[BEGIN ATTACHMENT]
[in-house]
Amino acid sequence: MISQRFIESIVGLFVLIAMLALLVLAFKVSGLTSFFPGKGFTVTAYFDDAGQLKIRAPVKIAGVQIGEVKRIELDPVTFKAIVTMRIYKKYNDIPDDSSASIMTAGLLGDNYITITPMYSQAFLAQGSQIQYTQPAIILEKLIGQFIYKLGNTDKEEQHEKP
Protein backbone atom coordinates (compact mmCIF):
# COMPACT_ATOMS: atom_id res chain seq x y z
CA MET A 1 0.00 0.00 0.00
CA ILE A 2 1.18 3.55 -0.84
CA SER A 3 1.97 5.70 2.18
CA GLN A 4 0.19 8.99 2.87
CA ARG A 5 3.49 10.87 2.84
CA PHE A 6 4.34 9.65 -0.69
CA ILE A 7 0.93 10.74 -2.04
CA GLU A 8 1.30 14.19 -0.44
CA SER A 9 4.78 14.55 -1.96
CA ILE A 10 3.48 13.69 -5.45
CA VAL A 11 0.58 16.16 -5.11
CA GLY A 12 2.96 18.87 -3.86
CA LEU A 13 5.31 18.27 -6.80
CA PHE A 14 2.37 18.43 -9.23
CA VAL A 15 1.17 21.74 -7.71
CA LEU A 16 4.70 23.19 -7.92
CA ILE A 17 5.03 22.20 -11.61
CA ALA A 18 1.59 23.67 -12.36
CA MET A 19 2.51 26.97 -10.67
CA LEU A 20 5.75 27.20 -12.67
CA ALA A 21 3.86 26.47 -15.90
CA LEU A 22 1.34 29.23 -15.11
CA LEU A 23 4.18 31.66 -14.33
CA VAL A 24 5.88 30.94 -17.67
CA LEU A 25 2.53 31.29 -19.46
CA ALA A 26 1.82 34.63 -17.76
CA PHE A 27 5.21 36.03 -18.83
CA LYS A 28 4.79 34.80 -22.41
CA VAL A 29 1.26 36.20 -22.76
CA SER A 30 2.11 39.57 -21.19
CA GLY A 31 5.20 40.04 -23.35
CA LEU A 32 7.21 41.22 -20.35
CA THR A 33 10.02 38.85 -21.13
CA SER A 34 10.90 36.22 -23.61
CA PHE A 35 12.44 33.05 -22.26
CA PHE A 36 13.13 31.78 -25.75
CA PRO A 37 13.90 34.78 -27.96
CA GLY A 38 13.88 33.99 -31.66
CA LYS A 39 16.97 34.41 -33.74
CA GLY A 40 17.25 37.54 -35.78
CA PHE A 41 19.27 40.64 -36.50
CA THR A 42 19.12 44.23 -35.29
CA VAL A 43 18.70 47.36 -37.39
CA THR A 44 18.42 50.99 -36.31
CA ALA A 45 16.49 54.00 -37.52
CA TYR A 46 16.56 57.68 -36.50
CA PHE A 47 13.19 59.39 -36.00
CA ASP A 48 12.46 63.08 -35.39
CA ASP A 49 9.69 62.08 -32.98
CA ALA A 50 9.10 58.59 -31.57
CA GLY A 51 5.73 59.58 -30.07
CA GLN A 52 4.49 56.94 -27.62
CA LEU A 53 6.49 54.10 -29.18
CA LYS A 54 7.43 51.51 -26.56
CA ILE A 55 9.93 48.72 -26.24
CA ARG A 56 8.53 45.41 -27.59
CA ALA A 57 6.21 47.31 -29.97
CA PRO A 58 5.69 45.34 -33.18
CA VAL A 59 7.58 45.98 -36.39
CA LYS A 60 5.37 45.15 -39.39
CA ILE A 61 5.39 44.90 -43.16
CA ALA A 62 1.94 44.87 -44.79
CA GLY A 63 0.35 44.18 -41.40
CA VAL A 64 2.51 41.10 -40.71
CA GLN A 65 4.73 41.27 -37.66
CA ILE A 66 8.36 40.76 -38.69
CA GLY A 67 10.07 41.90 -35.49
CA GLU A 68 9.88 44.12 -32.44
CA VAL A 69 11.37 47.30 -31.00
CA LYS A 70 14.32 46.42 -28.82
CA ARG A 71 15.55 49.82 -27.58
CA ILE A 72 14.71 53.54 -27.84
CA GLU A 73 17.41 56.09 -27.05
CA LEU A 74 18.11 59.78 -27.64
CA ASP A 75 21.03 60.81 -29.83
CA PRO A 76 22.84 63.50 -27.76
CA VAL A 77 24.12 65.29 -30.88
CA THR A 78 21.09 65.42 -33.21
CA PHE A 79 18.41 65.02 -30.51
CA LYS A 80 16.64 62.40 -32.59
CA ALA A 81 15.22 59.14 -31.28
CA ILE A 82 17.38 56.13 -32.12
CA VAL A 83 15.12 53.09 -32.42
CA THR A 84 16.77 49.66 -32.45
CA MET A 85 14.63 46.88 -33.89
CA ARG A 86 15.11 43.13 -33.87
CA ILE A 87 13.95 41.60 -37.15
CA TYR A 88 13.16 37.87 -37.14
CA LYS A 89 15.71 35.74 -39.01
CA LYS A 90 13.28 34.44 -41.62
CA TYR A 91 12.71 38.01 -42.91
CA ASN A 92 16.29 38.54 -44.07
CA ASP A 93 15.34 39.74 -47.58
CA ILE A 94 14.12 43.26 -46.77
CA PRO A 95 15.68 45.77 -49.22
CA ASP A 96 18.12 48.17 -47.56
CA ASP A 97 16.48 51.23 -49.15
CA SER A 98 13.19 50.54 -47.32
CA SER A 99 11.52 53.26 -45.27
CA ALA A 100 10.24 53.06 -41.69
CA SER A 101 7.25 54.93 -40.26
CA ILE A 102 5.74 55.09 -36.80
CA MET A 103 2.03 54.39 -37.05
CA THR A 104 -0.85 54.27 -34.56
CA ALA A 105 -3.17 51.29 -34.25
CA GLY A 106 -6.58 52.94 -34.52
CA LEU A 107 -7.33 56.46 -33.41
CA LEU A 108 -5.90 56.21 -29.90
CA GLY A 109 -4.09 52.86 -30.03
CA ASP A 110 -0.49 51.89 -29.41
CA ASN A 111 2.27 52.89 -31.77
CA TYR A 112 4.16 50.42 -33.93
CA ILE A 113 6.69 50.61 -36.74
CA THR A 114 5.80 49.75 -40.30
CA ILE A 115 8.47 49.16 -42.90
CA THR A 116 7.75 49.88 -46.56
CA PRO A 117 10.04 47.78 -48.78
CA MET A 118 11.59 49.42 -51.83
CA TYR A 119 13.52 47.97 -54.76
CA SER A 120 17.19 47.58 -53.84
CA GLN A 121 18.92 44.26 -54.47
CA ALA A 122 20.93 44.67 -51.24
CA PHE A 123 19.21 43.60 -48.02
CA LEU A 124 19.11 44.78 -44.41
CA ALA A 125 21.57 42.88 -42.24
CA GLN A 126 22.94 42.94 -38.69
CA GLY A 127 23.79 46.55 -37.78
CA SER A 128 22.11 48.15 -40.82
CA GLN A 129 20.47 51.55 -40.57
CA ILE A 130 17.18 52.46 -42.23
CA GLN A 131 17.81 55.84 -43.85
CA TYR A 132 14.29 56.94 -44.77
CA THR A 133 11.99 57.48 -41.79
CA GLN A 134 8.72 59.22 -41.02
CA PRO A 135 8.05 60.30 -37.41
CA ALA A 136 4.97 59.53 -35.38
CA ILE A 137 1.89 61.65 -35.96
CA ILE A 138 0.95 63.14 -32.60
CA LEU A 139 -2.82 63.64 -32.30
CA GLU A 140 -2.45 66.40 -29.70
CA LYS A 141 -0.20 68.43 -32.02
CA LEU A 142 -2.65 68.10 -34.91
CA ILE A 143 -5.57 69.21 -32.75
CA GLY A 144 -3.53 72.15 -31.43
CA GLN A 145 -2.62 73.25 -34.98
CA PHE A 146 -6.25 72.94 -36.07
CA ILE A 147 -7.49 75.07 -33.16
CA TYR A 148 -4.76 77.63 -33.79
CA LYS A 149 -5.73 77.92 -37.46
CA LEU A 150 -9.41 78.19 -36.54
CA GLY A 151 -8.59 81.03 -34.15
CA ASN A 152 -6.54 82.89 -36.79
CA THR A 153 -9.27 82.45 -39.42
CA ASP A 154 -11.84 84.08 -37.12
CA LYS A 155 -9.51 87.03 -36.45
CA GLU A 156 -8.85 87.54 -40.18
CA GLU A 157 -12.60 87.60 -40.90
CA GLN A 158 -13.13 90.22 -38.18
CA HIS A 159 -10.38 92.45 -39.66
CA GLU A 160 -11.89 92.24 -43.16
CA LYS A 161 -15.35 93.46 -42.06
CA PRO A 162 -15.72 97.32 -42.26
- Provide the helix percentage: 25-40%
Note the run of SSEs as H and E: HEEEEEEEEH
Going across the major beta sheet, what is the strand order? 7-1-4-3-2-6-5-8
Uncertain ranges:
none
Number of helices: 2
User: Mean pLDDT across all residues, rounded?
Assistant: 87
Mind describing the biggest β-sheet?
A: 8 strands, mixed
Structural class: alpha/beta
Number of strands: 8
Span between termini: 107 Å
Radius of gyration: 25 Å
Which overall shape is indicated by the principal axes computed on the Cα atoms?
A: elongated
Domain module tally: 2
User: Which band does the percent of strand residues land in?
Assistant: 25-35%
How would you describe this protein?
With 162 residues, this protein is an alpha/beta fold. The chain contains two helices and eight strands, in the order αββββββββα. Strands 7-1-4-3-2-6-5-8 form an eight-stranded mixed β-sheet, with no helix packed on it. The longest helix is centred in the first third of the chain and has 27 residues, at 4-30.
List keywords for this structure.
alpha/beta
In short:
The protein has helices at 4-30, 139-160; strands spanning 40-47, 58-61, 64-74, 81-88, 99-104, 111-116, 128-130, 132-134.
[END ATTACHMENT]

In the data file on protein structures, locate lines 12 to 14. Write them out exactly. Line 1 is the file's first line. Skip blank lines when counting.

CA GLU A 8 1.30 14.19 -0.44
CA SER A 9 4.78 14.55 -1.96
CA ILE A 10 3.48 13.69 -5.45